Separated at birth? In many ways, Germany's Siemens
In the recently concluded fourth quarter, Siemens saw its losses increase to 2.4 billion euros ($3 billion) from a 74 million euro loss in the same quarter of 2007. Much of the deficit related to a loss of 1.16 billion euros ($1.46 billion) involving the sale of the company's 51% ownership stake in Siemens Enterprise Communications.
Beyond that, the company's quarterly results were hit by a 1 billion euro ($1.24 billion) loss from costs related to an ongoing investigation into allegations that Siemens paid bribes to secure contracts. The investigation and its aftermath already have cost Siemens plenty in fines.
During the quarter, Siemens' profits from its three largest sectors were consistent only in their slippage. Its Industry Sector improved its revenue by 5%; on the basis of softness in two of its own subunits, profits slipped by 22%. Similarly, the Energy Sector's revenue grew by 13%, but its sector profits slid by 21.5% in the quarter. And with credit tightening both in the U.S. and globally, profit from the Healthcare Sector dropped about 40% year over year.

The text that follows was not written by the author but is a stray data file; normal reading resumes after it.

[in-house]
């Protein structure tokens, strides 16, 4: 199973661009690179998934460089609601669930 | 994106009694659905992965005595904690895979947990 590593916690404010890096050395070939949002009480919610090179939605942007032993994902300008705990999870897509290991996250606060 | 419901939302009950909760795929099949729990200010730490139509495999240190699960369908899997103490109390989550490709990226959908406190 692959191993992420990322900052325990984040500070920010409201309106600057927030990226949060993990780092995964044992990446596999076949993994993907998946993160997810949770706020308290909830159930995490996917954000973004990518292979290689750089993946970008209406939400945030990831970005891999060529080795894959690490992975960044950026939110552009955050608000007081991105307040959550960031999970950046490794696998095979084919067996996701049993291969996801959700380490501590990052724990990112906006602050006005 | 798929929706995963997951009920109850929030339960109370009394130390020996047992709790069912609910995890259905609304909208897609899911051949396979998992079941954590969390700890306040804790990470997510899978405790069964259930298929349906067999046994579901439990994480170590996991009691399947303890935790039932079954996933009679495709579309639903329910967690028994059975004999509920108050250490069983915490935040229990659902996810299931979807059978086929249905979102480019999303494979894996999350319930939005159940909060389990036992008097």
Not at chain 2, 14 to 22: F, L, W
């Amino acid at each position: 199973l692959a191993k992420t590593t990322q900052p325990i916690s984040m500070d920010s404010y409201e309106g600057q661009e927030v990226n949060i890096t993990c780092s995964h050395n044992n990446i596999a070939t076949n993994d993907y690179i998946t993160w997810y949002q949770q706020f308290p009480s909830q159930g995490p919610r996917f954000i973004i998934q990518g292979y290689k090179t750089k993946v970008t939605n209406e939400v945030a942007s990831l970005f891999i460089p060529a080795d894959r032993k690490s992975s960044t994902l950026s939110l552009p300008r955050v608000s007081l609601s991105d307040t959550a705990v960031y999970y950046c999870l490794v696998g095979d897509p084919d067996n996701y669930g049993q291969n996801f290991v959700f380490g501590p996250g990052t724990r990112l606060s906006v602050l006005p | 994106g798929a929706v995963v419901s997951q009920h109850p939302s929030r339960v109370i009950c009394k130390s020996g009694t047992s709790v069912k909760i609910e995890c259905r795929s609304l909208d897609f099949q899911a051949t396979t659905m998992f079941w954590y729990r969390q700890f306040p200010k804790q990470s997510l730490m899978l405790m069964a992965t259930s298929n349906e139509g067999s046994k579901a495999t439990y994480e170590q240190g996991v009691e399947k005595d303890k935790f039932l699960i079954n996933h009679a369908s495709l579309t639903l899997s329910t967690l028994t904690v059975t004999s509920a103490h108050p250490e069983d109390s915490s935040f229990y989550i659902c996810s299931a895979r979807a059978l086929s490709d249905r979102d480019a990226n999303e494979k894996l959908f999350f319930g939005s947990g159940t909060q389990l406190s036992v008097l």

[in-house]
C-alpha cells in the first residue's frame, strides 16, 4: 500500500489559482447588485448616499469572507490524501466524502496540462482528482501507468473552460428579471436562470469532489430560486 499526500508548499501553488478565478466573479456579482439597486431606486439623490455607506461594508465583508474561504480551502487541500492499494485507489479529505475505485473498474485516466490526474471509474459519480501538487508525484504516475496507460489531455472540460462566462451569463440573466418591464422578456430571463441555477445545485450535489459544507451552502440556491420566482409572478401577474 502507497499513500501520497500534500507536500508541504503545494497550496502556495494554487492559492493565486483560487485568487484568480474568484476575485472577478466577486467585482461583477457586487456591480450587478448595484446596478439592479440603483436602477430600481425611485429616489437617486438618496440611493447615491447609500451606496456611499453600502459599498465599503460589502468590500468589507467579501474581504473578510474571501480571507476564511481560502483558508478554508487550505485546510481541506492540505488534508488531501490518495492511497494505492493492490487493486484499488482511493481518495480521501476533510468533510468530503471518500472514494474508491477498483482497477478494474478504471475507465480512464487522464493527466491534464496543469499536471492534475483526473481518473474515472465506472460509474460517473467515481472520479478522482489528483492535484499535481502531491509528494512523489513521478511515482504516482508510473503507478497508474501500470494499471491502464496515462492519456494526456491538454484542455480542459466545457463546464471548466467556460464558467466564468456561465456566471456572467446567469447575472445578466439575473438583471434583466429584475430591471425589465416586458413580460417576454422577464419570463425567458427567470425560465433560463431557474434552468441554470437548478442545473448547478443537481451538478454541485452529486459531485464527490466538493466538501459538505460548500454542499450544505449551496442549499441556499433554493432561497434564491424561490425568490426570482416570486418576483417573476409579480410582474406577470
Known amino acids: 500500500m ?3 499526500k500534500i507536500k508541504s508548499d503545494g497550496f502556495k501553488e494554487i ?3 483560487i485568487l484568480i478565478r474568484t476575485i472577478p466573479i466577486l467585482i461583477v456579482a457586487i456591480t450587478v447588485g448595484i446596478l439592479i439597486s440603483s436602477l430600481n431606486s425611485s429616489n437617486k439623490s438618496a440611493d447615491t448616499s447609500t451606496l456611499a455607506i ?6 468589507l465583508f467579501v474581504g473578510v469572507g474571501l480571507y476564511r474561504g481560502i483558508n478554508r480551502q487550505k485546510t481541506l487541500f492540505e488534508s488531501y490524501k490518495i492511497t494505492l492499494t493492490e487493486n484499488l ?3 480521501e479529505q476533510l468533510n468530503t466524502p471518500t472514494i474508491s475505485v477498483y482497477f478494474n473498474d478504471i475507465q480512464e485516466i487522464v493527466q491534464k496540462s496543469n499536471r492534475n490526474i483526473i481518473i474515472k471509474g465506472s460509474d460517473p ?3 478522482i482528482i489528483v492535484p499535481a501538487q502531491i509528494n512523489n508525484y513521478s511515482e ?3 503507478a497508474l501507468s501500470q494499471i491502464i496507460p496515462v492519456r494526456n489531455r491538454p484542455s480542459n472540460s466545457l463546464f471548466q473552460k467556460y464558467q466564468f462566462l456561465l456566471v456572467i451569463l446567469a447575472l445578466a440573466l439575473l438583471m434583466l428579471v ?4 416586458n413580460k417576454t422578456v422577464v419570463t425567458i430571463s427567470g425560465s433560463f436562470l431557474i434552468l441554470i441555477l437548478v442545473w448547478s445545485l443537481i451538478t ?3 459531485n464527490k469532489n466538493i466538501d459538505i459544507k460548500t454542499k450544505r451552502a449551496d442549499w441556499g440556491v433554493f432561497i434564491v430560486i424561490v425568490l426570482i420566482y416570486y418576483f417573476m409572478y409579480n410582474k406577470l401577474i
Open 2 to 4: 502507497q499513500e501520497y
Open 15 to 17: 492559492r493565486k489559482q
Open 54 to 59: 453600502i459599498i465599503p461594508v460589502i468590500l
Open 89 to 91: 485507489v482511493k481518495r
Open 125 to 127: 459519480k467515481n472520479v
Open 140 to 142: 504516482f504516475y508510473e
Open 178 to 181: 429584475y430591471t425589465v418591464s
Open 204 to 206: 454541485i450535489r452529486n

Perhaps the most important aspect of the company's ability to hold up in the market, despite its across-the-board slides in profits and its bribery-charge settlement, was its backlog of approximately 85 billion euros, or $105.4 billion at the end of the quarter. Indeed, largely as a result, the company's share price improved by 8.7% between the close of business Wednesday and the end of Friday's session. At the same time, management noted that it expects its revenue to grow in fiscal 2009 at twice the rate of global gross domestic product, the company's typical measuring device.
I'm intrigued that Siemens can watch its earnings slide in the midst of a sloppy market, yet still experience concurrent share-price improvement. As with GE and fellow technology companies such as United Technologies
Siemens checks in wearing four out of five stars from Motley Fool CAPS players. Does that include your vote?
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